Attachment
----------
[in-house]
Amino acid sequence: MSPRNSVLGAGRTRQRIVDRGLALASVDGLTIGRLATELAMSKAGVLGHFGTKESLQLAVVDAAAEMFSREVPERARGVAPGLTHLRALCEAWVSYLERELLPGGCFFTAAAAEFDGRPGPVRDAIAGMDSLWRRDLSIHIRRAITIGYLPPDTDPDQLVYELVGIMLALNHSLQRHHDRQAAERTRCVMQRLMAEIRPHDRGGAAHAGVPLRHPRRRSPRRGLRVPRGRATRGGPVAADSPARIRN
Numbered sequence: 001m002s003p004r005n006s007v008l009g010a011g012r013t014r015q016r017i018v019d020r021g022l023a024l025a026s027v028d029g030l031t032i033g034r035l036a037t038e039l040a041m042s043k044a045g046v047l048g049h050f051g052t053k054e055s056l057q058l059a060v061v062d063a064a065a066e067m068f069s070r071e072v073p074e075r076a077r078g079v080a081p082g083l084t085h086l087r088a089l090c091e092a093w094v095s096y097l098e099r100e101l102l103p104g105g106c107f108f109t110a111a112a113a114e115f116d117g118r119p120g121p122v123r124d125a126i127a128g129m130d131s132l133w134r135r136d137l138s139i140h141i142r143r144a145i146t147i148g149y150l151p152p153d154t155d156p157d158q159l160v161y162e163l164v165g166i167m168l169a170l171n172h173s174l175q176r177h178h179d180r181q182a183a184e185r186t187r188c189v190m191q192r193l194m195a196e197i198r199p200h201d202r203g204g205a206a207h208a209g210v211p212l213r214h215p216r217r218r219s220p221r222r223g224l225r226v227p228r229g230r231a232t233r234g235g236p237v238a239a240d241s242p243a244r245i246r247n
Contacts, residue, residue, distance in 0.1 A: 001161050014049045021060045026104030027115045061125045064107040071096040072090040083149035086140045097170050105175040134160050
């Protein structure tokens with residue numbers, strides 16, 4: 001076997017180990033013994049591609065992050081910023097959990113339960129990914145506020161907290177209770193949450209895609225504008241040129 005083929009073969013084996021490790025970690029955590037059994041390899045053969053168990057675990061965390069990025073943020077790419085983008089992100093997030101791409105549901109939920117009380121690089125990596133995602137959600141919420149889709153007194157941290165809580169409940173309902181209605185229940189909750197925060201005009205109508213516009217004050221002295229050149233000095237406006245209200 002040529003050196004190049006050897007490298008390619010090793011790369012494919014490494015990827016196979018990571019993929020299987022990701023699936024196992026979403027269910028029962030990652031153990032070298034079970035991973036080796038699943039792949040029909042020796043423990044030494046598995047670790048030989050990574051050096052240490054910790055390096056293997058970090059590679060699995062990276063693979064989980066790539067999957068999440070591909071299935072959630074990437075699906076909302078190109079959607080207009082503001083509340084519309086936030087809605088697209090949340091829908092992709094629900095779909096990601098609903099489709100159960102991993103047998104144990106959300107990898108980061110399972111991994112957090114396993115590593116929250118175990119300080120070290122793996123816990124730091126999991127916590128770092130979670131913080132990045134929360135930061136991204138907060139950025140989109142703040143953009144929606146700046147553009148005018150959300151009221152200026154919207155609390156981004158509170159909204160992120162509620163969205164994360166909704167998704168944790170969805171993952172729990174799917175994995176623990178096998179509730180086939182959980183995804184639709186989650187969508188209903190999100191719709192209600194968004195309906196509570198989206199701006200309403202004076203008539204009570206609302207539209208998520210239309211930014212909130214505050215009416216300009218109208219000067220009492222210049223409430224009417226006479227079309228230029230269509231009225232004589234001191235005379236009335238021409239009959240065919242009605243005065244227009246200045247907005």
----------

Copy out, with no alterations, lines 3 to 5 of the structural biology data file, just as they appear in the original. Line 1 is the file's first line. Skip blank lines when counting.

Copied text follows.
Numbered sequence: 001m002s003p004r005n006s007v008l009g010a011g012r013t014r015q016r017i018v019d020r021g022l023a024l025a026s027v028d029g030l031t032i033g034r035l036a037t038e039l040a041m042s043k044a045g046v047l048g049h050f051g052t053k054e055s056l057q058l059a060v061v062d063a064a065a066e067m068f069s070r071e072v073p074e075r076a077r078g079v080a081p082g083l084t085h086l087r088a089l090c091e092a093w094v095s096y097l098e099r100e101l102l103p104g105g106c107f108f109t110a111a112a113a114e115f116d117g118r119p120g121p122v123r124d125a126i127a128g129m130d131s132l133w134r135r136d137l138s139i140h141i142r143r144a145i146t147i148g149y150l151p152p153d154t155d156p157d158q159l160v161y162e163l164v165g166i167m168l169a170l171n172h173s174l175q176r177h178h179d180r181q182a183a184e185r186t187r188c189v190m191q192r193l194m195a196e197i198r199p200h201d202r203g204g205a206a207h208a209g210v211p212l213r214h215p216r217r218r219s220p221r222r223g224l225r226v227p228r229g230r231a232t233r234g235g236p237v238a239a240d241s242p243a244r245i246r247n
Contacts, residue, residue, distance in 0.1 A: 001161050014049045021060045026104030027115045061125045064107040071096040072090040083149035086140045097170050105175040134160050
């Protein structure tokens with residue numbers, strides 16, 4: 001076997017180990033013994049591609065992050081910023097959990113339960129990914145506020161907290177209770193949450209895609225504008241040129 005083929009073969013084996021490790025970690029955590037059994041390899045053969053168990057675990061965390069990025073943020077790419085983008089992100093997030101791409105549901109939920117009380121690089125990596133995602137959600141919420149889709153007194157941290165809580169409940173309902181209605185229940189909750197925060201005009205109508213516009217004050221002295229050149233000095237406006245209200 002040529003050196004190049006050897007490298008390619010090793011790369012494919014490494015990827016196979018990571019993929020299987022990701023699936024196992026979403027269910028029962030990652031153990032070298034079970035991973036080796038699943039792949040029909042020796043423990044030494046598995047670790048030989050990574051050096052240490054910790055390096056293997058970090059590679060699995062990276063693979064989980066790539067999957068999440070591909071299935072959630074990437075699906076909302078190109079959607080207009082503001083509340084519309086936030087809605088697209090949340091829908092992709094629900095779909096990601098609903099489709100159960102991993103047998104144990106959300107990898108980061110399972111991994112957090114396993115590593116929250118175990119300080120070290122793996123816990124730091126999991127916590128770092130979670131913080132990045134929360135930061136991204138907060139950025140989109142703040143953009144929606146700046147553009148005018150959300151009221152200026154919207155609390156981004158509170159909204160992120162509620163969205164994360166909704167998704168944790170969805171993952172729990174799917175994995176623990178096998179509730180086939182959980183995804184639709186989650187969508188209903190999100191719709192209600194968004195309906196509570198989206199701006200309403202004076203008539204009570206609302207539209208998520210239309211930014212909130214505050215009416216300009218109208219000067220009492222210049223409430224009417226006479227079309228230029230269509231009225232004589234001191235005379236009335238021409239009959240065919242009605243005065244227009246200045247907005």